WE could not help but appreciate with all our heart the gesture of Vice President Sara Duterte for finding time to visit some of Davao City’s schools in the rural barangays during last Monday’s Barangay and Sangguniang Kabataan Elections (BSKE), without doubt, primarily as Secretary of the Department of Education (DepEd).
One of the rural schools the VP visited was the very place where we voted in Talandang, Tugbok in the third district. For certain she was there to check on whether or not the teachers who were assigned poll duties were doing their job in accordance with the people’s expectation.
VP and Education Secretary Sara also took time out of her short visit in Talandang Elementary School to talk to her constituents who immediately gathered around her. Her dropping by the school was not announced nor was it ever hinted. Thus, everybody inside and outside the campus was clueless as to who the visitor was when her vehicle stopped by the gate and her security officers opened the vehicle’s door. Her presence awed the crowd of voters.
Talking of last October 30’s BSKEs, we were happy to note that the Commission on Elections had thought of implementing some kind of facilitated voting scheme for senior citizens, persons with disability, pregnant women, seniors with co-morbidity and others who have mobility constraints. We belong to the last group since we had an operation on our bladder only a little two months ago.
The COMELEC facilitative scheme was called the Emergency Accessibility Polling Precinct or EAPP. Unfortunately our expectation of being facilitated in the casting of our vote was flipped over. It turned out that since most people under such physical conditions wanted to cast their votes the easiest possible way, the EAPP center became the convergence of hundreds of voters – all under priority.
We were outside of the EAPP room starting at about 8:30 in the morning and we were standing for about an hour before we were able to have a chair to sit. So do the rest of the seniors and other movement constrained people who came after us. After getting a seat, we noticed that there seemed to be no movement; neither was there any activity inside the polling room where a number of senior voters were already around and appeared to be waiting.
The thickening crowd of voters under the categories earlier stated was already getting restless and questions were already raised in loud voices inquiring what was happening. There were already senior voters complaining of fatigue after standing for so long.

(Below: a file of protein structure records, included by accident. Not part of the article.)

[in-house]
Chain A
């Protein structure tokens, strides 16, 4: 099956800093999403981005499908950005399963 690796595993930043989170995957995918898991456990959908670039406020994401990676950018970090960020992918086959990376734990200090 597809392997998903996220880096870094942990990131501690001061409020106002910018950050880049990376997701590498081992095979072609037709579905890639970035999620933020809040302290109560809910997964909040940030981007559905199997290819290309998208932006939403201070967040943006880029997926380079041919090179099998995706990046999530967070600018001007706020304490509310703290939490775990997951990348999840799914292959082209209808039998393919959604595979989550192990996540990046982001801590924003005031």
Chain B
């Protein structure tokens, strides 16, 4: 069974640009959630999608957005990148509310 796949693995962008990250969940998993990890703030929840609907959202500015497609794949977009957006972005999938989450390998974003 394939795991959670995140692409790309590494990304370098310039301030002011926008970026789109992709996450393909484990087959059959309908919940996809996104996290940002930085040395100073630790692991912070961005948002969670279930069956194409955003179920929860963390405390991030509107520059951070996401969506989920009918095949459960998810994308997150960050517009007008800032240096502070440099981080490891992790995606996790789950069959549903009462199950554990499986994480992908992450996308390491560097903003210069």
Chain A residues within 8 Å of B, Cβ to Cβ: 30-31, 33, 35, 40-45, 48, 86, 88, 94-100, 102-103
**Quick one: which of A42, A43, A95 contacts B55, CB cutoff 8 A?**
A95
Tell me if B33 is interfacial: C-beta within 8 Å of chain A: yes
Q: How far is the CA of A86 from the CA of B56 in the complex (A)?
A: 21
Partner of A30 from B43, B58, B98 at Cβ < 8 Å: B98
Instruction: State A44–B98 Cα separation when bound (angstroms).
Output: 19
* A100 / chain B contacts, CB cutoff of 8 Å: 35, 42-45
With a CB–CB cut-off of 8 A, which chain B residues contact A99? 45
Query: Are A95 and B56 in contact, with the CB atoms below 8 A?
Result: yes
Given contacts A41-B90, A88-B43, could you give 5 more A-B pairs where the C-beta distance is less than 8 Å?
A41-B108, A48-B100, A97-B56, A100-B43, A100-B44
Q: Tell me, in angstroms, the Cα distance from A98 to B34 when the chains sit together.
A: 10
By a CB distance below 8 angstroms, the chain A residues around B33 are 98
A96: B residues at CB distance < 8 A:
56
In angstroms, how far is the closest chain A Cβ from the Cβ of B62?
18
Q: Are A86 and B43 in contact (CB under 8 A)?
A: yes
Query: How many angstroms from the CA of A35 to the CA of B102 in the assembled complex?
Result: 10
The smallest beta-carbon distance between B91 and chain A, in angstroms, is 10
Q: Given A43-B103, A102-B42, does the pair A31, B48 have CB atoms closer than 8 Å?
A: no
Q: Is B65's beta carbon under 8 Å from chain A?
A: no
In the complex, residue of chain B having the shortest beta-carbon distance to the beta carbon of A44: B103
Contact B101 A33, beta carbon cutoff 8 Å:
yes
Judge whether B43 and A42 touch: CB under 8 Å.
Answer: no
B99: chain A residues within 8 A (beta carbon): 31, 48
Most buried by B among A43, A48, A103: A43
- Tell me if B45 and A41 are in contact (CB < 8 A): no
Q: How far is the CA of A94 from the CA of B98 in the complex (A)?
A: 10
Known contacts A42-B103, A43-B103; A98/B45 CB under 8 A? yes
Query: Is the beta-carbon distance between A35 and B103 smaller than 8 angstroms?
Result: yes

In our case we were already on the line for about an hour and a half. It was only then that a member of the electoral board announced that they were waiting for the person who went to our regular precinct to get the names of the voters under the earlier-categories for them to be able to start the casting of votes. And in just a few minutes the board announced that those who are in a hurry may just have to go to their regular precinct and cast their votes there.
That was when the exasperation got to the shouting point. The length of time that they, including us, were made to wait outside the room with temperature so humid for people in their twilight years but are still willing to do their sacred duty of voting for their leaders, was long enough to bear.
Of course, the undesirable supposed facilitative voting process for voters who belong to the earlier-described people categories may not be the same in other barangays of the city. For certain some EAPP may have been better coordinated and processes well prepared in advance to allow smooth voting.
But for barangays that have EAPP processes similarly situated as in our polling center we are sorry if they also have the same negative experience as ours.
Honestly though, we believe that the latest BSKE was whole-heartedly accepted by the electorate as a means for inclusive and grassroots governance. The massive turnout of voters during last Monday’s polls was more than enough indication that people now see the importance of the BSKE in the governance process.
We hope this kind of participation will be seen in the succeeding BSKEs not just in the elections of local and national officials.
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